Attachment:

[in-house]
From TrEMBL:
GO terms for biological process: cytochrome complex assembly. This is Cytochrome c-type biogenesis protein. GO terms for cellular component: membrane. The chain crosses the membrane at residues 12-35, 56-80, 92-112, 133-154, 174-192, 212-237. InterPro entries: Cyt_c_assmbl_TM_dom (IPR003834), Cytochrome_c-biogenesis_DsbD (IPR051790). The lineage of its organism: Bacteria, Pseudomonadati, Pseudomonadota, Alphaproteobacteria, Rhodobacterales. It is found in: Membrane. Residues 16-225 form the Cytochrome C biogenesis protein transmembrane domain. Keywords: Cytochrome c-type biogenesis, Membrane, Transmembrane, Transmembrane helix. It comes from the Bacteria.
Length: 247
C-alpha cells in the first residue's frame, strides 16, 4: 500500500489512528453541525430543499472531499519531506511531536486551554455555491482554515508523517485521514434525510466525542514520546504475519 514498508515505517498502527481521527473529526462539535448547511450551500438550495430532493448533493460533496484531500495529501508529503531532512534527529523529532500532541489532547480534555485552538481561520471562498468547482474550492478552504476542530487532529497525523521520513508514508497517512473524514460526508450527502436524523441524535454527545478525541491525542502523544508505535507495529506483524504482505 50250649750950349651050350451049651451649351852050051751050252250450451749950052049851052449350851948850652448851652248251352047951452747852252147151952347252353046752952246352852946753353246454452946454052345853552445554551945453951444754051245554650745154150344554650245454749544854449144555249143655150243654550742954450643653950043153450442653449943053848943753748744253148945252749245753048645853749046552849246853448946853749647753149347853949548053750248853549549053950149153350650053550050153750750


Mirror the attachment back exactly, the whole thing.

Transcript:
[in-house]
From TrEMBL:
GO terms for biological process: cytochrome complex assembly. This is Cytochrome c-type biogenesis protein. GO terms for cellular component: membrane. The chain crosses the membrane at residues 12-35, 56-80, 92-112, 133-154, 174-192, 212-237. InterPro entries: Cyt_c_assmbl_TM_dom (IPR003834), Cytochrome_c-biogenesis_DsbD (IPR051790). The lineage of its organism: Bacteria, Pseudomonadati, Pseudomonadota, Alphaproteobacteria, Rhodobacterales. It is found in: Membrane. Residues 16-225 form the Cytochrome C biogenesis protein transmembrane domain. Keywords: Cytochrome c-type biogenesis, Membrane, Transmembrane, Transmembrane helix. It comes from the Bacteria.
Length: 247
C-alpha cells in the first residue's frame, strides 16, 4: 500500500489512528453541525430543499472531499519531506511531536486551554455555491482554515508523517485521514434525510466525542514520546504475519 514498508515505517498502527481521527473529526462539535448547511450551500438550495430532493448533493460533496484531500495529501508529503531532512534527529523529532500532541489532547480534555485552538481561520471562498468547482474550492478552504476542530487532529497525523521520513508514508497517512473524514460526508450527502436524523441524535454527545478525541491525542502523544508505535507495529506483524504482505 50250649750950349651050350451049651451649351852050051751050252250450451749950052049851052449350851948850652448851652248251352047951452747852252147151952347252353046752952246352852946753353246454452946454052345853552445554551945453951444754051245554650745154150344554650245454749544854449144555249143655150243654550742954450643653950043153450442653449943053848943753748744253148945252749245753048645853749046552849246853448946853749647753149347853949548053750248853549549053950149153350650053550050153750750